Star Wars: Stories of Jedi and Sith Takeaways and Throwaways | Part Two

Continuing with the last half of the collection of canon stories has fewer lemons and we find the diamond in the rough. (Part One: Stories 1 – 5).

**Mild Spoilers for Star Wars: Stories of Jedi and Sith**

Illustrated by Jake Bartok

6. The Ghost of Maul by Michael Moreci

Canon Era: Fall of the Jedi 

Familiar Characters: Maul, Savage Oppress, General Grievous, Qui-Gon Jinn

New Characters: N/A

“You didn’t ask for this, that much is true,” Grievous says, “but you never leave it behind.”

The Ghost of Maul

Summary: 

Darth Maul, reeling from the loss of his brother, mother and rightful place in the Sith hierarchy is in search of…something. He is not sure what exactly, but something is calling him, something from the dark side. He arrives at a Sith Castle on an unknown planet, hidden from the galaxy and, more importantly, the Jedi.

But he is so drenched in anger and enters the Sith Castle with the sole purpose of finding this unknown thing that calls to him. Along the way he faces three specters from his past: Savage Opress, General Grievous, and Qui-Gon Jinn, who have some hard truths for Maul.

The Promise of the Premise: 

This is it. This is the main reason to read this novella. In all honesty, I never understood the appeal of Darth Maul. The character design was great and sold a lot of toys, but the character himself was severely lacking in The Phantom Menace. Then, for reasons best known to himself, Dave Filoni brought him back in a ridiculous manner in The Clone Wars. It still did nothing for the character, other than provide a convenient Force-user for Ahsoka to fight who wasn’t Anakin in The Clone Wars and who wasn’t Vader for Obi-Wan in Rebels

But this story of a lost soul searching for direction in a place that strangely tries to help him but also taunts him does more for Maul than any previous canon. Maul has put himself willingly in a cycle of pain.

Michael Moreci has written for Lucasfilm, specifically for IDW Star Wars Adventures comics, but this is his first entry for a novel. I am curious to see what he could do with a whole novel (perhaps about Maul) but maybe even those Sith that are referenced through the castle.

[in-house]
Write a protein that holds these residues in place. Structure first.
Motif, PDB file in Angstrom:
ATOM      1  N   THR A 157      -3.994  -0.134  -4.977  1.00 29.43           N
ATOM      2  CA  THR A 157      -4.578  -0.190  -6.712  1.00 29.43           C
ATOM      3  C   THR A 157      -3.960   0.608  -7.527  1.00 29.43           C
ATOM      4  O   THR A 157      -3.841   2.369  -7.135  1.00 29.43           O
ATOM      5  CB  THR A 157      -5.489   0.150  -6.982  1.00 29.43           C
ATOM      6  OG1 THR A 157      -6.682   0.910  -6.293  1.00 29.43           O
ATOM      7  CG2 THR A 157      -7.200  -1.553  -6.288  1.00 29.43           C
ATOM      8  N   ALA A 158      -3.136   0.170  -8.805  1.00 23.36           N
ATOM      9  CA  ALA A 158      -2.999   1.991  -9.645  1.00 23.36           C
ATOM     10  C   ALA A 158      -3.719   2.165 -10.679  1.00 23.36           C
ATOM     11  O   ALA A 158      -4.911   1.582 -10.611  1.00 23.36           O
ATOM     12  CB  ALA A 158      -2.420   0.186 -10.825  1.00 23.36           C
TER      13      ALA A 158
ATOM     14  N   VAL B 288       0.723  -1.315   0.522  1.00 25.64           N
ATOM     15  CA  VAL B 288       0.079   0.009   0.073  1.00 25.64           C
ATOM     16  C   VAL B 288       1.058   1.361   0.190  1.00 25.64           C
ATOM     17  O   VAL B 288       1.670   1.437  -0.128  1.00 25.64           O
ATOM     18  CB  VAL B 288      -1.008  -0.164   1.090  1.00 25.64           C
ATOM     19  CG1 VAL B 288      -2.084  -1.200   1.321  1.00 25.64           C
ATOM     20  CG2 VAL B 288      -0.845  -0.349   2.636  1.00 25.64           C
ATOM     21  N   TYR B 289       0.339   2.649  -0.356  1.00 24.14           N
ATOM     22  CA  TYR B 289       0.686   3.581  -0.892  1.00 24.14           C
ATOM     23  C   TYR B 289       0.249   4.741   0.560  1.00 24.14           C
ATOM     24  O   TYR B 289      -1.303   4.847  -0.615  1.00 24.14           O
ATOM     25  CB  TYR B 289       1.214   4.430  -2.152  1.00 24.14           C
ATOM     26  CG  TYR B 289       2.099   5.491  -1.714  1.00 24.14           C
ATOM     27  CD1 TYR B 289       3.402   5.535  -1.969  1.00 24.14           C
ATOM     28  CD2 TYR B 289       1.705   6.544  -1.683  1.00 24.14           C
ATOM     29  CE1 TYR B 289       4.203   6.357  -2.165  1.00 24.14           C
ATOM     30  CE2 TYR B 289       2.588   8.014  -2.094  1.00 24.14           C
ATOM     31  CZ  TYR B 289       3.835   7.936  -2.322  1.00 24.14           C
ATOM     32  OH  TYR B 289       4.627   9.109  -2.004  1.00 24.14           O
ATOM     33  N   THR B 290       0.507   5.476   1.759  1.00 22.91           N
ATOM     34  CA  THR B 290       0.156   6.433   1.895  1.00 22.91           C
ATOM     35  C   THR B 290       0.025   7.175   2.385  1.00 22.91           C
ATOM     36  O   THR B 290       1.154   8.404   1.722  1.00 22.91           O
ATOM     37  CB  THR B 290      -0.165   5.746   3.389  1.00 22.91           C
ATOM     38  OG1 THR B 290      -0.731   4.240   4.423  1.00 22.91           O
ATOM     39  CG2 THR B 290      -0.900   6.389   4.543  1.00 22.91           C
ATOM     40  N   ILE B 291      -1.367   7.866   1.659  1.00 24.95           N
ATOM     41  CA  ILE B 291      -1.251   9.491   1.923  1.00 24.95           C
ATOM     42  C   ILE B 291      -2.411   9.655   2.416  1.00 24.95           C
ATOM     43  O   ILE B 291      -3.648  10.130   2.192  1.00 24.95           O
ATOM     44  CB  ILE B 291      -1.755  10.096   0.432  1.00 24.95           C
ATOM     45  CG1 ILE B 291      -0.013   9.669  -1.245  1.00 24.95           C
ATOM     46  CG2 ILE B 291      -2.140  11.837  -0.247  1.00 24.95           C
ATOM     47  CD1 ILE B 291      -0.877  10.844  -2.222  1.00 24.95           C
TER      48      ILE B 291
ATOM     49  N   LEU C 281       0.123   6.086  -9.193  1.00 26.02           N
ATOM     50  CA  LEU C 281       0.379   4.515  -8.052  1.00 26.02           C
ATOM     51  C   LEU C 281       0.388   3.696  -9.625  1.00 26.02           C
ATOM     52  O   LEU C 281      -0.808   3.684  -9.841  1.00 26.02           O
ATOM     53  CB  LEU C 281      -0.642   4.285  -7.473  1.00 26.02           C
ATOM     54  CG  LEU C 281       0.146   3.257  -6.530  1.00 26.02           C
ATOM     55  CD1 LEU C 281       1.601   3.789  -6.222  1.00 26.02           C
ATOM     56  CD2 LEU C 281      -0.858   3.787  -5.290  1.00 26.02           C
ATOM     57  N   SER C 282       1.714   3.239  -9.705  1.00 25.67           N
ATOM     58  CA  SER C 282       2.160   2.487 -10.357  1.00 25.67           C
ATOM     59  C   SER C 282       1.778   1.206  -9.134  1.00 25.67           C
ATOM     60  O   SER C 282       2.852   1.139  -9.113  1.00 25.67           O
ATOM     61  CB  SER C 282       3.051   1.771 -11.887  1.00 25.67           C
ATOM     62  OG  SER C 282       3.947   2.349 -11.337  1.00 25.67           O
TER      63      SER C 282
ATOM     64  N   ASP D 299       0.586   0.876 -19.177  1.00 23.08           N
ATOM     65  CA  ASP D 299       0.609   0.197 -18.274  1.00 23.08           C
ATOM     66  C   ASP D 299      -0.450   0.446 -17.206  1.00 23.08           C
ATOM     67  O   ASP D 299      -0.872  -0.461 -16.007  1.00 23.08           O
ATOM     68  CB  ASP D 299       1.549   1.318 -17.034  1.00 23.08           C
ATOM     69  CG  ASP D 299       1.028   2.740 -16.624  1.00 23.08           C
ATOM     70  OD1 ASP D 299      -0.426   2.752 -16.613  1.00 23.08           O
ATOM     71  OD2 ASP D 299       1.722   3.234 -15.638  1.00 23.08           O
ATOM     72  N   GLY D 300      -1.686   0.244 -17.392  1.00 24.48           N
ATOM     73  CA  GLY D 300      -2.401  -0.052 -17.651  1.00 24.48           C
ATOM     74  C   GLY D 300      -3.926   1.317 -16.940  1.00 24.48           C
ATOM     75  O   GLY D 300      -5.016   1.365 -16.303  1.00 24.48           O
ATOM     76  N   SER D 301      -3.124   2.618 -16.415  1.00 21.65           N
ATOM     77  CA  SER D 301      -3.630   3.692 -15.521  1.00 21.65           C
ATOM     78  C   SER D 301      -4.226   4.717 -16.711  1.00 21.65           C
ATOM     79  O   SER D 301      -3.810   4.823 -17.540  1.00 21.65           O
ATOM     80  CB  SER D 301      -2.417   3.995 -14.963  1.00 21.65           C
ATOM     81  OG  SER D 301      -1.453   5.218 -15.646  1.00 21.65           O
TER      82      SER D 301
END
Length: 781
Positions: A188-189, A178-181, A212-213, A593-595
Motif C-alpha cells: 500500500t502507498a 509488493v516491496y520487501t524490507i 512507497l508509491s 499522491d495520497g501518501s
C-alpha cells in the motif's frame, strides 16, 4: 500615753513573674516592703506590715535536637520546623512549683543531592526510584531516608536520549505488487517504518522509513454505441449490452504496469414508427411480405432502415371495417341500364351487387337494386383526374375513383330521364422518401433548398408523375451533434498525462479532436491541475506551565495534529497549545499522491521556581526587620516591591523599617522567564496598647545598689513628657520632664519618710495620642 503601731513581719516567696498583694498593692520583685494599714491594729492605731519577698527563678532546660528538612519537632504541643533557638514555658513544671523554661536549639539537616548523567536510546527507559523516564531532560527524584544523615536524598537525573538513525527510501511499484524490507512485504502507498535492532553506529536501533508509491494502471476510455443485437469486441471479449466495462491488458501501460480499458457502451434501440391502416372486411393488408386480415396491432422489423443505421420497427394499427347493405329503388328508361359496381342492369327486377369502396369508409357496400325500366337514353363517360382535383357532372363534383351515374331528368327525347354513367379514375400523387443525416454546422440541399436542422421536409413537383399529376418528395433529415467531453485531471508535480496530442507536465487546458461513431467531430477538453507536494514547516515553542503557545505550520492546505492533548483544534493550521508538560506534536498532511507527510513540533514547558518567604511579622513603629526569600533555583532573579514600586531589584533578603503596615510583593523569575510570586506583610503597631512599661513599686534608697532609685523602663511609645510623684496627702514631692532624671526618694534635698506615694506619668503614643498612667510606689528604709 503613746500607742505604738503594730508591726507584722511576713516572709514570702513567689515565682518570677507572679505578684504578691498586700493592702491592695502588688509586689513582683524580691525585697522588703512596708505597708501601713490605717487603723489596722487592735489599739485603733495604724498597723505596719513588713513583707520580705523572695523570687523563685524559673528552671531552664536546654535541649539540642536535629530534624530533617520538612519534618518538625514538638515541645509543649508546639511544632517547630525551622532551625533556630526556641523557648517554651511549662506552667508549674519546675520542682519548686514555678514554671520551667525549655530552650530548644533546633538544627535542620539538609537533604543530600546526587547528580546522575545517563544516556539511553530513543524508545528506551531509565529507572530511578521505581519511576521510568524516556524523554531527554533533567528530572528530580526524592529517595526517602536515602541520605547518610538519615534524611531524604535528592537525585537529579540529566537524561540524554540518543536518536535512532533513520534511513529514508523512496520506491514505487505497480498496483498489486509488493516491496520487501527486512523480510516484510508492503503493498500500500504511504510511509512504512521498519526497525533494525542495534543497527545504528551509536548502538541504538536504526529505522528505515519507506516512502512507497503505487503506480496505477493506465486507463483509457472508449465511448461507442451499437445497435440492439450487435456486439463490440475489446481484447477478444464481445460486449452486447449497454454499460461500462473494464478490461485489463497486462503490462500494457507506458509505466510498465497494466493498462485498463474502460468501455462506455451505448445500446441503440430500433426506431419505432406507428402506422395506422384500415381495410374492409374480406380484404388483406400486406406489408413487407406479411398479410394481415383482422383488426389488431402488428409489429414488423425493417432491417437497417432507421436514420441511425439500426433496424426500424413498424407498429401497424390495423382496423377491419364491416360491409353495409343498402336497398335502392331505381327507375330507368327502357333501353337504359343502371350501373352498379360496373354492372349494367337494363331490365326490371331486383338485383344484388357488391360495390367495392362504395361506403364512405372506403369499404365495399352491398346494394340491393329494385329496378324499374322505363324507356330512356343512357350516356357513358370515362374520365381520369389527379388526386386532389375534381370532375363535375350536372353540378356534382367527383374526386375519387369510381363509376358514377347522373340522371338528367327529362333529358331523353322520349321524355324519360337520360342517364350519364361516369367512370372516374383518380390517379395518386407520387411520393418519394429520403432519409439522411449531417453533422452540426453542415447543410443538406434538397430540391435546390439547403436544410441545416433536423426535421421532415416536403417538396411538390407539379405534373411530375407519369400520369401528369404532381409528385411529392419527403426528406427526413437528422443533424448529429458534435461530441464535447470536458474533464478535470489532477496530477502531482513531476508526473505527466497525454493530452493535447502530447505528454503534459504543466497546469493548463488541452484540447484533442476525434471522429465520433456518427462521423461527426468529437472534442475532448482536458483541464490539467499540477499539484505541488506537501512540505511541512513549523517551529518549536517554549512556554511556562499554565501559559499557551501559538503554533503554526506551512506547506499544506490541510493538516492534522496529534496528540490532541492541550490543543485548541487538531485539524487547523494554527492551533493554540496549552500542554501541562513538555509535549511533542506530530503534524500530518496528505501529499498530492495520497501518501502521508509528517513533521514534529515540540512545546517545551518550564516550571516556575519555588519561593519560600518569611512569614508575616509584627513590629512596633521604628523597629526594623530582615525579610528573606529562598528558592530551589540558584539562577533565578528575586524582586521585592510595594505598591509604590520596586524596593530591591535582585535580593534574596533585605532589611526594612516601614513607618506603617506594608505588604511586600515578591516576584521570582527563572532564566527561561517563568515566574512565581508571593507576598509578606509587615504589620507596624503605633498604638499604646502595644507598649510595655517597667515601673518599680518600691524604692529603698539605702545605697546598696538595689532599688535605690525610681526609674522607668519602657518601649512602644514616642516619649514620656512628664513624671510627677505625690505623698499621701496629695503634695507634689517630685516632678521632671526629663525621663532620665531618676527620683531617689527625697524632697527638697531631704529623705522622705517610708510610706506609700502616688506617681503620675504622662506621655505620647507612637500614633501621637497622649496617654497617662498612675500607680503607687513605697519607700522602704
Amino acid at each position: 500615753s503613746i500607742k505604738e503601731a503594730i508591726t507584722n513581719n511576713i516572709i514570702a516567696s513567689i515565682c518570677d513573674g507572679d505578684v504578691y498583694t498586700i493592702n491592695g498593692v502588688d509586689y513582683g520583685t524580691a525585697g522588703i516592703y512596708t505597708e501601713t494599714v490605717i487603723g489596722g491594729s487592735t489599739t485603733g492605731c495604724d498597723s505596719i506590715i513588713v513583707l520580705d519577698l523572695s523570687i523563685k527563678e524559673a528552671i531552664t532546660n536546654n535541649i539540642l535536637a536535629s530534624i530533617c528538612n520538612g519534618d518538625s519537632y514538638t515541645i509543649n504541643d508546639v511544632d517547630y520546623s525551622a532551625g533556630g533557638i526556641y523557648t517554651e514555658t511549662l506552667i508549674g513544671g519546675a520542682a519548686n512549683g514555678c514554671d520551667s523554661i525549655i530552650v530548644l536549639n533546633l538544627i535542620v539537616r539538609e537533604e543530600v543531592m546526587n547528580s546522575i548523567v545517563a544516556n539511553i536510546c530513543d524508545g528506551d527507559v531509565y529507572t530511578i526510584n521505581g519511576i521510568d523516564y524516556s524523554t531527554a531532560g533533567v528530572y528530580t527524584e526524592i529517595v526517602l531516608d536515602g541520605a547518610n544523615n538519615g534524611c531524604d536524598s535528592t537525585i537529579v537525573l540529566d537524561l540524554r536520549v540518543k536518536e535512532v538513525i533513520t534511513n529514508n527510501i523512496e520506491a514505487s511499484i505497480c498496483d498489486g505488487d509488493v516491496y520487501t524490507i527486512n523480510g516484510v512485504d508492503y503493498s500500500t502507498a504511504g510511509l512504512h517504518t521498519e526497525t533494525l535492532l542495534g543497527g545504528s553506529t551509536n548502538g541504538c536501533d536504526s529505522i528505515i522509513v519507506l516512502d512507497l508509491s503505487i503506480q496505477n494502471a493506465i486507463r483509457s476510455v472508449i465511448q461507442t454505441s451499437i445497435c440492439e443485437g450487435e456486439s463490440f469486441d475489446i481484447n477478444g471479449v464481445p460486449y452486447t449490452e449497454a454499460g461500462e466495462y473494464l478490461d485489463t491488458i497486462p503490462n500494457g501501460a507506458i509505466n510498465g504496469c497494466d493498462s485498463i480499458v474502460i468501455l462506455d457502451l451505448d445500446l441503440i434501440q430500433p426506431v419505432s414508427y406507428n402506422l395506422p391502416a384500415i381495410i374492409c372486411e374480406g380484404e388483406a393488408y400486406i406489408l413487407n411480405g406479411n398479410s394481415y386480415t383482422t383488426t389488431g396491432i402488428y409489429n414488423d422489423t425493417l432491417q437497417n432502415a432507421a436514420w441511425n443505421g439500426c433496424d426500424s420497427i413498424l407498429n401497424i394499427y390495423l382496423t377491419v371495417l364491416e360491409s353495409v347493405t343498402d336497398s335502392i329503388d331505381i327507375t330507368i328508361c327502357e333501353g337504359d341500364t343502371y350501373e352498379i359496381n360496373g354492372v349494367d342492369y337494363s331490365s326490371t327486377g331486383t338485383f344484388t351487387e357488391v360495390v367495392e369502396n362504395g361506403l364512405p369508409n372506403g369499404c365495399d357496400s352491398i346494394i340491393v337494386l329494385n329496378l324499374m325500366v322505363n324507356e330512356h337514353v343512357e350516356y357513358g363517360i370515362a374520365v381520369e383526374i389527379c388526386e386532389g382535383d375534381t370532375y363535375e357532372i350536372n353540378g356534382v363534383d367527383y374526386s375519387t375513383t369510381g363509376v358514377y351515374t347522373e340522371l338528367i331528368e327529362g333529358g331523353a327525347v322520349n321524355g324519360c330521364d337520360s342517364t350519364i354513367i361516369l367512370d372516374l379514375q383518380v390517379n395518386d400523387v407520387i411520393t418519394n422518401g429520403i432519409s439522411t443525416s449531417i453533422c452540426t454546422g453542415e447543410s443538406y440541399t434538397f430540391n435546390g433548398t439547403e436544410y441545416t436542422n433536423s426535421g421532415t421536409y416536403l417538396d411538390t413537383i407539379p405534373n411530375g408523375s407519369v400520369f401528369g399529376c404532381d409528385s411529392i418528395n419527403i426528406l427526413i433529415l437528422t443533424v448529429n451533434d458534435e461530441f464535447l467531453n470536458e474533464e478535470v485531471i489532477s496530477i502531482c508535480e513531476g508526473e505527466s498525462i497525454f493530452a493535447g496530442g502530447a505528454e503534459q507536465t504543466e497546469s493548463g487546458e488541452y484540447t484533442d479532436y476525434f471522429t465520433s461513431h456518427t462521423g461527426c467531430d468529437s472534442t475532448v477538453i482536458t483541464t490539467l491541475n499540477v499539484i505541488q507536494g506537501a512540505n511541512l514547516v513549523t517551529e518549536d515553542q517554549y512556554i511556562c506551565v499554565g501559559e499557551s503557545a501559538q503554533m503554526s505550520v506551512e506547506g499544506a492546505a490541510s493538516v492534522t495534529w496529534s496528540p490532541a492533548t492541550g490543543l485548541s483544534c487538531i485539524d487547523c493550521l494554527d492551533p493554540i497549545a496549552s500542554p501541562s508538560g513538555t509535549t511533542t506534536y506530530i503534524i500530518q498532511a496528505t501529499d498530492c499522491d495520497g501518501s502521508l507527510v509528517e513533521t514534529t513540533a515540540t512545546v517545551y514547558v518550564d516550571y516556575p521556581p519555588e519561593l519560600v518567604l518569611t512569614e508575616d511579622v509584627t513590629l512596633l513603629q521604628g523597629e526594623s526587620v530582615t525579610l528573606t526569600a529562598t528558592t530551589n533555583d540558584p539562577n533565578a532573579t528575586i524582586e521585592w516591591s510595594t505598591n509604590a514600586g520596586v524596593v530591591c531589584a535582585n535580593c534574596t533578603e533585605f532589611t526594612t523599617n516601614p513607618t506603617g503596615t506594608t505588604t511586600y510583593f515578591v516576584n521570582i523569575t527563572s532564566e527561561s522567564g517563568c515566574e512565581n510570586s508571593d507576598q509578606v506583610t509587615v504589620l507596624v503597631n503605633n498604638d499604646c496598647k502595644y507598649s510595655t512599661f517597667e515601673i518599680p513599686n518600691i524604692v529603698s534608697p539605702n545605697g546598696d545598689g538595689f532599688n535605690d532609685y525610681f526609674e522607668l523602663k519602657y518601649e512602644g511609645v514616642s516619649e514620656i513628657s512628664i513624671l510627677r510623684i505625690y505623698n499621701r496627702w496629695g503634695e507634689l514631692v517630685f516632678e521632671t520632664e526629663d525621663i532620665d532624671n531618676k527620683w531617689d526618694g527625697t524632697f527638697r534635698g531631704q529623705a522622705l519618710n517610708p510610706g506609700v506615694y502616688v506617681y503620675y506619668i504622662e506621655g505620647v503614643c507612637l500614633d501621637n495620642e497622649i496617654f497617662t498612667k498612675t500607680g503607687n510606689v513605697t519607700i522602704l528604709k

Canon Contributions: 

And those Sith, the Sith Castle, and the planet (which remains a mystery) are all waiting for more context. There have been many references throughout canon (more recently in The High Republic) of the age of many Siths. So it is time to get some more background to that time and some Sith Lords.


Illustrated by Jake Bartok

7. Blood Moon Rising by Vera Strange

Canon Era: Age of Rebellion

Familiar Characters: Darth Vader

New Characters: Das Erdol, Kataarynnna

Despite the relatively short span in the long life of her kind, pain and torment filled it almost from the moment of her birth. Her hatred for the Empire burned with searing fire. Orphan.

Blood Moon Rising

Summary: 

On the jungle moon of Tsukimitsurin in the mid-rim is an Imperial refinery quietly being sabotaged by Rebel forces. Commander Das Erdol is relieved of her duties by Darth Vader who heads into the perilous jungle of the planet to hunt the Rebels. However, the predatory Vader soon meets his match in a Rebel wookiee leader, Kataarynnna, who has just as much determination to do good as Vader’s thirst for vengeance.

The Promise of the Premise: 

The whole story is just a series of people who think they are on top of the food chain getting a rude awakening. From Erdol to a chimeraleon (native to the planet) to Vader, there is a level of arrogance that ultimately defeats each. The last third is more of a traditional battle of light and dark, though the ending does not quite live up to the rest of the story. Still, seeing Vader go through some adversity is so rare that it is always welcomed.